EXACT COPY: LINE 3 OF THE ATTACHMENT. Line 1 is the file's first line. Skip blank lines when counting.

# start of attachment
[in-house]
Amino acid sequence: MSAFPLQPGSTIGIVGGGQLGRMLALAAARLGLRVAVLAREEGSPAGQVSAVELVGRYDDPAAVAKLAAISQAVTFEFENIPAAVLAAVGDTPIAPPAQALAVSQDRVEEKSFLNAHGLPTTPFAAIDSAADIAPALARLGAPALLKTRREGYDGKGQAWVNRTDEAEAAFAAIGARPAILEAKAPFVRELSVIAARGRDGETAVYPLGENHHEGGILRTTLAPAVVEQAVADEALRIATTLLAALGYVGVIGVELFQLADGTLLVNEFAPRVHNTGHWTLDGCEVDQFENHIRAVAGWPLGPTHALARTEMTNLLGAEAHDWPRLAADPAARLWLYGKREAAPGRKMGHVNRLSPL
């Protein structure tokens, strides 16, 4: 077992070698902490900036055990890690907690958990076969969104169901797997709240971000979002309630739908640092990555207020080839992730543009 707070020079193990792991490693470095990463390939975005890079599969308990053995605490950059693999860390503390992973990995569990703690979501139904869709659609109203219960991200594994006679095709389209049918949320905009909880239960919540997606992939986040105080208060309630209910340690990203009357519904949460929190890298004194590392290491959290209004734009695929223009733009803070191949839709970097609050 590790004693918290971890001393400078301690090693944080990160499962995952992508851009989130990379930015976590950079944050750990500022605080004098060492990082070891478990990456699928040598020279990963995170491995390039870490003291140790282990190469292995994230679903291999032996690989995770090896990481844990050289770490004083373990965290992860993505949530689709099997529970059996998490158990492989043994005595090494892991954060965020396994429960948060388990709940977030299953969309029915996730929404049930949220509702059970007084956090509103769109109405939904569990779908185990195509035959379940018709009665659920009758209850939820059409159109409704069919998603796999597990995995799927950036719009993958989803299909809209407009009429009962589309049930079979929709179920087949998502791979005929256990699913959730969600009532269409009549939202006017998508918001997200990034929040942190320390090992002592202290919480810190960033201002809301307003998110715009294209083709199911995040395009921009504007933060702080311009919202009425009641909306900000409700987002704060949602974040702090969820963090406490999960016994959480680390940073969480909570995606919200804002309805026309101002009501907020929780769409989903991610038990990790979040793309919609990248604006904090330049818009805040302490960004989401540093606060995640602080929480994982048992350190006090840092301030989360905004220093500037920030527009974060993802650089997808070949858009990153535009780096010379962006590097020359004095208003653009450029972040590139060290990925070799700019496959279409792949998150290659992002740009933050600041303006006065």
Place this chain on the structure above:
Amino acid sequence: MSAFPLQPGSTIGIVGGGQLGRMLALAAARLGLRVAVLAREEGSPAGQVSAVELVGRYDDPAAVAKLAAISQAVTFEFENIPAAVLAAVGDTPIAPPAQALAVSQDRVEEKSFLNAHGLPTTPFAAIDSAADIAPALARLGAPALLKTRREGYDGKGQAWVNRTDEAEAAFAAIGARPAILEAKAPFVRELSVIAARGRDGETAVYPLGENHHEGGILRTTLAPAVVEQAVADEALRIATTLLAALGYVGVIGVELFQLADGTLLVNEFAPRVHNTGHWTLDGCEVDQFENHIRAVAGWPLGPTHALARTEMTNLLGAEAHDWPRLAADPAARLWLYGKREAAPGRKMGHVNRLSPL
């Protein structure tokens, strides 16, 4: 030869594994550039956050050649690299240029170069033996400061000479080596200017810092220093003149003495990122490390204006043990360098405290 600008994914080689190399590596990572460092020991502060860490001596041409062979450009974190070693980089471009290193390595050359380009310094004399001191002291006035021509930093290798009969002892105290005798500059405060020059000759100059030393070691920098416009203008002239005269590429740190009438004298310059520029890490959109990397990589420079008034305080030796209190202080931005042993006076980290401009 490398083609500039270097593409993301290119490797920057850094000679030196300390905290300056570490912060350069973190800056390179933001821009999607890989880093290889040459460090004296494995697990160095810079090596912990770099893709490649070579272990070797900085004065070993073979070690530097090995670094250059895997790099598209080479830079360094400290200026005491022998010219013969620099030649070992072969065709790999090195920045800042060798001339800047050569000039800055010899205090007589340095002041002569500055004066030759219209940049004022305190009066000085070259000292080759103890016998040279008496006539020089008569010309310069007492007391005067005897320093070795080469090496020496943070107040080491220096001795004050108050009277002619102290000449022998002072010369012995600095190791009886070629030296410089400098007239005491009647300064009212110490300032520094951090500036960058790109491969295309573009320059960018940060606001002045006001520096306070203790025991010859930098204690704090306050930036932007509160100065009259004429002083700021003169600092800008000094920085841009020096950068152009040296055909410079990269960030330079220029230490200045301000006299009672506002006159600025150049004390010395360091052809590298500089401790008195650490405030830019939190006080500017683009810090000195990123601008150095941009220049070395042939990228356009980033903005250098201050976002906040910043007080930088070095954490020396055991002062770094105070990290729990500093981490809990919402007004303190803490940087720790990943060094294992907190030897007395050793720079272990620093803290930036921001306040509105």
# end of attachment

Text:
């Protein structure tokens, strides 16, 4: 077992070698902490900036055990890690907690958990076969969104169901797997709240971000979002309630739908640092990555207020080839992730543009 707070020079193990792991490693470095990463390939975005890079599969308990053995605490950059693999860390503390992973990995569990703690979501139904869709659609109203219960991200594994006679095709389209049918949320905009909880239960919540997606992939986040105080208060309630209910340690990203009357519904949460929190890298004194590392290491959290209004734009695929223009733009803070191949839709970097609050 590790004693918290971890001393400078301690090693944080990160499962995952992508851009989130990379930015976590950079944050750990500022605080004098060492990082070891478990990456699928040598020279990963995170491995390039870490003291140790282990190469292995994230679903291999032996690989995770090896990481844990050289770490004083373990965290992860993505949530689709099997529970059996998490158990492989043994005595090494892991954060965020396994429960948060388990709940977030299953969309029915996730929404049930949220509702059970007084956090509103769109109405939904569990779908185990195509035959379940018709009665659920009758209850939820059409159109409704069919998603796999597990995995799927950036719009993958989803299909809209407009009429009962589309049930079979929709179920087949998502791979005929256990699913959730969600009532269409009549939202006017998508918001997200990034929040942190320390090992002592202290919480810190960033201002809301307003998110715009294209083709199911995040395009921009504007933060702080311009919202009425009641909306900000409700987002704060949602974040702090969820963090406490999960016994959480680390940073969480909570995606919200804002309805026309101002009501907020929780769409989903991610038990990790979040793309919609990248604006904090330049818009805040302490960004989401540093606060995640602080929480994982048992350190006090840092301030989360905004220093500037920030527009974060993802650089997808070949858009990153535009780096010379962006590097020359004095208003653009450029972040590139060290990925070799700019496959279409792949998150290659992002740009933050600041303006006065």